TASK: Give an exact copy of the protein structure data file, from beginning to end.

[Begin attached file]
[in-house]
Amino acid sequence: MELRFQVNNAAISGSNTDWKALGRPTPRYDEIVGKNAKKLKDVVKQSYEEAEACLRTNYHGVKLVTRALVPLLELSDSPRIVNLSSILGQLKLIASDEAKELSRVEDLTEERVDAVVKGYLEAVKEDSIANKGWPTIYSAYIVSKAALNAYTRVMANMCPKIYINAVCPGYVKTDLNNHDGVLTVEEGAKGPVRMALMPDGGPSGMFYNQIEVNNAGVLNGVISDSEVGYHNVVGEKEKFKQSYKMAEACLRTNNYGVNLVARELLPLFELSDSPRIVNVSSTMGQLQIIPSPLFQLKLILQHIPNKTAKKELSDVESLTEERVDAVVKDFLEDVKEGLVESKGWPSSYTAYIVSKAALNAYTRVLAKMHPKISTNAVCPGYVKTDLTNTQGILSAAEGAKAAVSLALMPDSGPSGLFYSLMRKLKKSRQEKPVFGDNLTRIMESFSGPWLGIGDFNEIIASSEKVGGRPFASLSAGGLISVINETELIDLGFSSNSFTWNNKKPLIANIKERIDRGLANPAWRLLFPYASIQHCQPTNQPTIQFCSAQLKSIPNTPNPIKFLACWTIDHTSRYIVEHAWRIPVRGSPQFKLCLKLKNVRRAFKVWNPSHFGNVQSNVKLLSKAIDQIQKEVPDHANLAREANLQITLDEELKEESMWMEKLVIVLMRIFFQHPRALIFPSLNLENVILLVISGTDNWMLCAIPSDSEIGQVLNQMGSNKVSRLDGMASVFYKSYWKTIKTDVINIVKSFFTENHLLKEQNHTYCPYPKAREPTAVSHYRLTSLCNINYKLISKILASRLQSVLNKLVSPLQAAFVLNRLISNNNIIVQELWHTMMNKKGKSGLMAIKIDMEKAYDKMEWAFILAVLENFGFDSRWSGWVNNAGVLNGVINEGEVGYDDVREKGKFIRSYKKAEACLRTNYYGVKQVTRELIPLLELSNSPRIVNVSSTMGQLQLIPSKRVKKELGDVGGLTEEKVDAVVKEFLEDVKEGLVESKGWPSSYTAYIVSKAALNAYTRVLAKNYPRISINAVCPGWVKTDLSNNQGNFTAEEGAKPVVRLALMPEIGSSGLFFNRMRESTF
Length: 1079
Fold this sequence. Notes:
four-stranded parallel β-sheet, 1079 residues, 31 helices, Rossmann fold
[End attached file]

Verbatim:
[in-house]
Amino acid sequence: MELRFQVNNAAISGSNTDWKALGRPTPRYDEIVGKNAKKLKDVVKQSYEEAEACLRTNYHGVKLVTRALVPLLELSDSPRIVNLSSILGQLKLIASDEAKELSRVEDLTEERVDAVVKGYLEAVKEDSIANKGWPTIYSAYIVSKAALNAYTRVMANMCPKIYINAVCPGYVKTDLNNHDGVLTVEEGAKGPVRMALMPDGGPSGMFYNQIEVNNAGVLNGVISDSEVGYHNVVGEKEKFKQSYKMAEACLRTNNYGVNLVARELLPLFELSDSPRIVNVSSTMGQLQIIPSPLFQLKLILQHIPNKTAKKELSDVESLTEERVDAVVKDFLEDVKEGLVESKGWPSSYTAYIVSKAALNAYTRVLAKMHPKISTNAVCPGYVKTDLTNTQGILSAAEGAKAAVSLALMPDSGPSGLFYSLMRKLKKSRQEKPVFGDNLTRIMESFSGPWLGIGDFNEIIASSEKVGGRPFASLSAGGLISVINETELIDLGFSSNSFTWNNKKPLIANIKERIDRGLANPAWRLLFPYASIQHCQPTNQPTIQFCSAQLKSIPNTPNPIKFLACWTIDHTSRYIVEHAWRIPVRGSPQFKLCLKLKNVRRAFKVWNPSHFGNVQSNVKLLSKAIDQIQKEVPDHANLAREANLQITLDEELKEESMWMEKLVIVLMRIFFQHPRALIFPSLNLENVILLVISGTDNWMLCAIPSDSEIGQVLNQMGSNKVSRLDGMASVFYKSYWKTIKTDVINIVKSFFTENHLLKEQNHTYCPYPKAREPTAVSHYRLTSLCNINYKLISKILASRLQSVLNKLVSPLQAAFVLNRLISNNNIIVQELWHTMMNKKGKSGLMAIKIDMEKAYDKMEWAFILAVLENFGFDSRWSGWVNNAGVLNGVINEGEVGYDDVREKGKFIRSYKKAEACLRTNYYGVKQVTRELIPLLELSNSPRIVNVSSTMGQLQLIPSKRVKKELGDVGGLTEEKVDAVVKEFLEDVKEGLVESKGWPSSYTAYIVSKAALNAYTRVLAKNYPRISINAVCPGWVKTDLSNNQGNFTAEEGAKPVVRLALMPEIGSSGLFFNRMRESTF
Length: 1079
Fold this sequence. Notes:
four-stranded parallel β-sheet, 1079 residues, 31 helices, Rossmann fold